The old city of Barcelona

Our next stop after the incredible La Sagrada Família was to head downtown (in HORRIBLE TRAFFIC) to the oldest parts of Barcelona. We walked by the original cathedral, which dates to the 13th century, while Olga pointed out a lot of truly remarkable sights. We saw a piece of art by Pablo Picasso that he drew with his usual minimalist style.

About this time, we were starving. So Olga recommended we try pintxos. If you have never been to a pintxos restaurant, it is almost worth a trip to Barcelona just to try it. Olga took us to her favorite place, Bilbao Berria Barcelona. Pintxos are topping of every kind placed on slices of awesome bread, and they put different colors and styles of sticks into the stack. The stack includes either cold or hot toppings. Hot ones might include melted cheese, roasted tomatoes, sausages, and serrano ham and the cold ones include cheeses, veggies, and so much more. There are even dessert pintxos. These are all set up on a number of buffet tables, and you choose what you want. Then after you eat them, you put the stick into a small metal container on the table, and when you are done, they count the sticks (different prices for different colors) and give you your check. Five of us ate a BUNCH of these, and the total bill was less than $80 and that included a bottle of wonderful Catalan wine. An amazing value, and every one of them is delicious. Here are some pictures from this part of the tour.

After lunch, we walked from the cathedral campo towards another campo where Olga was hoping she had a surprise for us, and she did. Hopefully, you remember a couple of posts ago when I wrote about the human pyramid building contests in Tarragona. Sadly, I could not see any of the actual pyramid building itself when we were there. I only got to take photos of the parade before the competition, which got rained out.

But when we walked around the corner in Barcelona, there it was, a castella (the Spanish name for the human pyramids) right in front of us. We got to watch this team (who were doing a demo, not a competition) build a three-story high human pyramid. Just look. It’s amazing.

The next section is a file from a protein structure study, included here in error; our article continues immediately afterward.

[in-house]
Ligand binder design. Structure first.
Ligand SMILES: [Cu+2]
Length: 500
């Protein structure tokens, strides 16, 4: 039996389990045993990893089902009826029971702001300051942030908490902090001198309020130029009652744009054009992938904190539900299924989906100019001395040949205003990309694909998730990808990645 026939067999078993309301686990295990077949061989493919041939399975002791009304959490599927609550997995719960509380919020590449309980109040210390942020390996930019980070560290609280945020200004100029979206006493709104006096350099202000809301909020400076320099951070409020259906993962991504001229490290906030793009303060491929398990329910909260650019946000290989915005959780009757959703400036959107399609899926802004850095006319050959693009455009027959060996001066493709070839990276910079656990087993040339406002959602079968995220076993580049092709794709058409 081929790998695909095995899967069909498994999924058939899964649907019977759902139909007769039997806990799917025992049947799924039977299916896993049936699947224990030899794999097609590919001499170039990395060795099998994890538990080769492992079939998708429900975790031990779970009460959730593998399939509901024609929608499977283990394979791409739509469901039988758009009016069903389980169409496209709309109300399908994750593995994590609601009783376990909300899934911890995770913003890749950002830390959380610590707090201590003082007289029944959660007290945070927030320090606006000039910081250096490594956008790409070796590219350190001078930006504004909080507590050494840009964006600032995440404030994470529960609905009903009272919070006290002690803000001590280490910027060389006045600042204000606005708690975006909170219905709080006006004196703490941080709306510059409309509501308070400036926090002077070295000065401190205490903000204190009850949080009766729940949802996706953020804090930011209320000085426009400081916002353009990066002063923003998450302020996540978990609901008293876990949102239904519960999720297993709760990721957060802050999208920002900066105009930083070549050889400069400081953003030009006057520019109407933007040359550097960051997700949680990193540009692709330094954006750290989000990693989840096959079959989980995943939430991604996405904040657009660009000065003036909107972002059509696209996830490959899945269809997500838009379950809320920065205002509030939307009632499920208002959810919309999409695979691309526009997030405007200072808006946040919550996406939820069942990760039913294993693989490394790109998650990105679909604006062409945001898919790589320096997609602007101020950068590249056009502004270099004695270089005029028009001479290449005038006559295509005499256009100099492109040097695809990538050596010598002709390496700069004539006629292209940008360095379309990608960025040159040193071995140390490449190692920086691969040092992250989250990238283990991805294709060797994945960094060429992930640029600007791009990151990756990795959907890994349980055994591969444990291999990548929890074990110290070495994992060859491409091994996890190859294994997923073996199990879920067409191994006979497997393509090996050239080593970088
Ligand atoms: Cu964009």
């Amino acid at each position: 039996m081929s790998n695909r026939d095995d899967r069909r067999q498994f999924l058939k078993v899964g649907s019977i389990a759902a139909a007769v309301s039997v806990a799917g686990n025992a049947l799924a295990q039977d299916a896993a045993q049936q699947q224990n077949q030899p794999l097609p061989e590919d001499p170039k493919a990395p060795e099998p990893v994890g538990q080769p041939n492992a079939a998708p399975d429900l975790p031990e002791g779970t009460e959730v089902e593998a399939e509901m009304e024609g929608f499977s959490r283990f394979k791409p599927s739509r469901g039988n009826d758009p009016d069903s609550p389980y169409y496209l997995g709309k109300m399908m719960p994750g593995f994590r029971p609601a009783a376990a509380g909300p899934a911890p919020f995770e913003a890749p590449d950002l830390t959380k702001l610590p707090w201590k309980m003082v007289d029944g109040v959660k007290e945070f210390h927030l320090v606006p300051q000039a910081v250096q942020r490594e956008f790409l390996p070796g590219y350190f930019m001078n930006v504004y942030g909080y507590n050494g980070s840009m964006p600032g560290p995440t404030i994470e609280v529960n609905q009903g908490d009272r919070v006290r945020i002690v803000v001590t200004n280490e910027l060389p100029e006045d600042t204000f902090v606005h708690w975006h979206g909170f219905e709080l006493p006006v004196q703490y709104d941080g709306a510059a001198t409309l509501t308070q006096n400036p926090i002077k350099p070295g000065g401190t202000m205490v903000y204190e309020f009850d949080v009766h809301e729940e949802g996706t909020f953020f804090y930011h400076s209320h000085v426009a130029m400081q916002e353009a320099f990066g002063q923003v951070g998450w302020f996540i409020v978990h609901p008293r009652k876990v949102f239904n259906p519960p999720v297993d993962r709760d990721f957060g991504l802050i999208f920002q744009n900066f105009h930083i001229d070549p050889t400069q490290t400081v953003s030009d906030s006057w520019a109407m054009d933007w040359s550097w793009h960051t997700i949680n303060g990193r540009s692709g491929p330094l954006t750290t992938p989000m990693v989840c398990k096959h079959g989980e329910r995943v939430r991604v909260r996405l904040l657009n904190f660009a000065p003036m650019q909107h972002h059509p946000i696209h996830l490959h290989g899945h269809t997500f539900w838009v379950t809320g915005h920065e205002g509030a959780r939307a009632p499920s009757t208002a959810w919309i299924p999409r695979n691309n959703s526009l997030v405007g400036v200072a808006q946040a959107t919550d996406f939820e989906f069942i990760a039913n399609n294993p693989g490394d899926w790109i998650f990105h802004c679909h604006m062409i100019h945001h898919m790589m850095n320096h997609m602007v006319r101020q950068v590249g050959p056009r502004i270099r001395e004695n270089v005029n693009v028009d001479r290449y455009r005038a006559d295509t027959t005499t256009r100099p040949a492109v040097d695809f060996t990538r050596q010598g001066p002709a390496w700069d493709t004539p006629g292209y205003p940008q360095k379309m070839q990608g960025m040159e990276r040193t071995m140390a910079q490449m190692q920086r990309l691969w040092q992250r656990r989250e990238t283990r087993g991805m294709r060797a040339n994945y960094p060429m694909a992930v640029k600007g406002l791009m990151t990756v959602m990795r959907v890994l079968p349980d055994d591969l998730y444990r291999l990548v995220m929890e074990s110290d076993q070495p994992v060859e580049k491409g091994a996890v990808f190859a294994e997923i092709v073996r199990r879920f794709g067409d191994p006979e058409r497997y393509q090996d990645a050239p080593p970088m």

A walk on my own

After watching the amazing human pyramids being built, our tour time was over. Olga had released our driver when it got to five hours, but she stayed with us to walk the other Kathleen, Dave and Pam to Las Ramblas to grab a cab and walked with me as I headed back to the hotel about four miles away. I wanted a few more photos to show you the huge crowds and incredible craziness that is Las Ramblas, the main tourist street in Barcelona. Here’s my last set of pics for Barcelona. Don’t forget, if you click the first shot, you can then scroll through with your arrow keys or by swiping…and PLEASE…don’t look at my photography on a phone. Please…

That about did it for our day in Barcelona. It so far exceeded my expectations and gave us a wonderful end to this incredible 29-day adventure that had started in August in Amsterdam. I guess you could say that when it comes to European cities, we went from A to B on this trip. I have one more trip-related post for you. Hopefully, I will have it up by tomorrow. It will be my review of the entire cruise and what we loved and didn’t love on Viking Sky. Then after that, I promised a post on how I shoot my photos. I so appreciate all the comments I have gotten on them. They are my pride and joy. If you want to see more of my pics, please follow me on Instagram (jimbellomo13) or Facebook (Jim Bellomo) where I post a single travel photo every day. Just one. Or you can see a lot of my photography that I sell here on my Picfair site.

Barcelona is my life, and I do not plan to leave.   —Gerard Pique

Disembarkation and our trip to Barcelona

When we cruise, the first thing the real cruisers want to know about is the food. But the second is the embarkation/disembarkation. It’s been my experience after more than 30 cruises that if things are going to go wrong, one of these two times is when that will happen.

With this disembarkation, I am happy to say that nothing went wrong…except to say that they made us get off the ship (this is every cruiser’s lament). Pretty much everything went off without a hitch getting off the ship. We got up, had breakfast, and were asked to be out of our stateroom by 8:00 am. Sat for an hour in the Atrium, got our tag colors called, grabbed our luggage, took it to a van (since we were doing Viking’s post-cruise two-day extension), it was loaded into a van that followed our “luxury motor coach” into Barcelona from Tarragona.

That’s where thing kind of went bad. Viking now had to do something with the 35+ people on the “luxury motor coach” from 9:30 am when we got on until 1:00 pm when the Nobu Hotel in Barcelona would be ready to check us in. So they arranged a “luxury motor coach” tour that would drive us from the ship to Barcelona and then drive around Barcelona, showing us some of the sights. This started with them getting us lost before they even got the “luxury motor coach” out of the port (Seriously!).